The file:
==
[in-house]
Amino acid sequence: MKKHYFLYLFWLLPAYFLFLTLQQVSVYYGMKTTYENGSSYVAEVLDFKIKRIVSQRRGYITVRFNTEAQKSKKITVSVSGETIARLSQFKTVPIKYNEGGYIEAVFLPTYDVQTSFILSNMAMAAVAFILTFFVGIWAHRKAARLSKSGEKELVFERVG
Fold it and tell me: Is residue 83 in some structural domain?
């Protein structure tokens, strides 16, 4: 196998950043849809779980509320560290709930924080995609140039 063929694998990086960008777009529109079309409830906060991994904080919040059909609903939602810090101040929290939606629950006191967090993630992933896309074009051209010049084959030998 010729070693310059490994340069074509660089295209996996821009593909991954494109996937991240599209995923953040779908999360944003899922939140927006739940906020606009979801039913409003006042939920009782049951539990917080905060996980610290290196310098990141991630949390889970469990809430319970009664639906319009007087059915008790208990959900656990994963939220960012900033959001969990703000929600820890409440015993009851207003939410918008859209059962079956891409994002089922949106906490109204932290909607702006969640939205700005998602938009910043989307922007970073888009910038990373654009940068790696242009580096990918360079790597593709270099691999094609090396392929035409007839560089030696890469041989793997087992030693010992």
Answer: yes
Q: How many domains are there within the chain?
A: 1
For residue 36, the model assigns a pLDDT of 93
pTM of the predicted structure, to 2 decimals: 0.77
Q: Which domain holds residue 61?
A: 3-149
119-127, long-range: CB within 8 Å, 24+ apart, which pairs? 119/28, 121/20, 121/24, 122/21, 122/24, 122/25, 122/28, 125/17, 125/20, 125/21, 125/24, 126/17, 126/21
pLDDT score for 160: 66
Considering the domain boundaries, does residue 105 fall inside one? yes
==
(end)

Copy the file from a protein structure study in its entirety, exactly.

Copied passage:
[in-house]
Amino acid sequence: MKKHYFLYLFWLLPAYFLFLTLQQVSVYYGMKTTYENGSSYVAEVLDFKIKRIVSQRRGYITVRFNTEAQKSKKITVSVSGETIARLSQFKTVPIKYNEGGYIEAVFLPTYDVQTSFILSNMAMAAVAFILTFFVGIWAHRKAARLSKSGEKELVFERVG
Fold it and tell me: Is residue 83 in some structural domain?
């Protein structure tokens, strides 16, 4: 196998950043849809779980509320560290709930924080995609140039 063929694998990086960008777009529109079309409830906060991994904080919040059909609903939602810090101040929290939606629950006191967090993630992933896309074009051209010049084959030998 010729070693310059490994340069074509660089295209996996821009593909991954494109996937991240599209995923953040779908999360944003899922939140927006739940906020606009979801039913409003006042939920009782049951539990917080905060996980610290290196310098990141991630949390889970469990809430319970009664639906319009007087059915008790208990959900656990994963939220960012900033959001969990703000929600820890409440015993009851207003939410918008859209059962079956891409994002089922949106906490109204932290909607702006969640939205700005998602938009910043989307922007970073888009910038990373654009940068790696242009580096990918360079790597593709270099691999094609090396392929035409007839560089030696890469041989793997087992030693010992």
Answer: yes
Q: How many domains are there within the chain?
A: 1
For residue 36, the model assigns a pLDDT of 93
pTM of the predicted structure, to 2 decimals: 0.77
Q: Which domain holds residue 61?
A: 3-149
119-127, long-range: CB within 8 Å, 24+ apart, which pairs? 119/28, 121/20, 121/24, 122/21, 122/24, 122/25, 122/28, 125/17, 125/20, 125/21, 125/24, 126/17, 126/21
pLDDT score for 160: 66
Considering the domain boundaries, does residue 105 fall inside one? yes